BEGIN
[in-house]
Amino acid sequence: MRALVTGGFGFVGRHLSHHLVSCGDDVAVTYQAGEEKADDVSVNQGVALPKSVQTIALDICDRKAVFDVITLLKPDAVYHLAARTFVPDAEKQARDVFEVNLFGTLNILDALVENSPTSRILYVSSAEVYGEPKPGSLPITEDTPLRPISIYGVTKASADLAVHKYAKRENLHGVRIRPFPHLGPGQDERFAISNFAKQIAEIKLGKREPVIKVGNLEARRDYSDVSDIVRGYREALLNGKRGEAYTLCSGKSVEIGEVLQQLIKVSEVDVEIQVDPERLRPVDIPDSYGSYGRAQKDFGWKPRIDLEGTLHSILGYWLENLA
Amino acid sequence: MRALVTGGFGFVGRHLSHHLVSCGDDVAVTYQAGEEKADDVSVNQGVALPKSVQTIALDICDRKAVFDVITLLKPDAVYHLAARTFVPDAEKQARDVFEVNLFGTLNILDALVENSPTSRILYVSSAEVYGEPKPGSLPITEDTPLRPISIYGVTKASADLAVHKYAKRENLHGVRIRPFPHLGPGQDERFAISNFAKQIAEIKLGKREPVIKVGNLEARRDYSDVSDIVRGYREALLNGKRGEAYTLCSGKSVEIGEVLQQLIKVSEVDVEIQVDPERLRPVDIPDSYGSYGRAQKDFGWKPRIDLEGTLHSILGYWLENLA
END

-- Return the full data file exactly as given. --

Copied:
[in-house]
Amino acid sequence: MRALVTGGFGFVGRHLSHHLVSCGDDVAVTYQAGEEKADDVSVNQGVALPKSVQTIALDICDRKAVFDVITLLKPDAVYHLAARTFVPDAEKQARDVFEVNLFGTLNILDALVENSPTSRILYVSSAEVYGEPKPGSLPITEDTPLRPISIYGVTKASADLAVHKYAKRENLHGVRIRPFPHLGPGQDERFAISNFAKQIAEIKLGKREPVIKVGNLEARRDYSDVSDIVRGYREALLNGKRGEAYTLCSGKSVEIGEVLQQLIKVSEVDVEIQVDPERLRPVDIPDSYGSYGRAQKDFGWKPRIDLEGTLHSILGYWLENLA
Amino acid sequence: MRALVTGGFGFVGRHLSHHLVSCGDDVAVTYQAGEEKADDVSVNQGVALPKSVQTIALDICDRKAVFDVITLLKPDAVYHLAARTFVPDAEKQARDVFEVNLFGTLNILDALVENSPTSRILYVSSAEVYGEPKPGSLPITEDTPLRPISIYGVTKASADLAVHKYAKRENLHGVRIRPFPHLGPGQDERFAISNFAKQIAEIKLGKREPVIKVGNLEARRDYSDVSDIVRGYREALLNGKRGEAYTLCSGKSVEIGEVLQQLIKVSEVDVEIQVDPERLRPVDIPDSYGSYGRAQKDFGWKPRIDLEGTLHSILGYWLENLA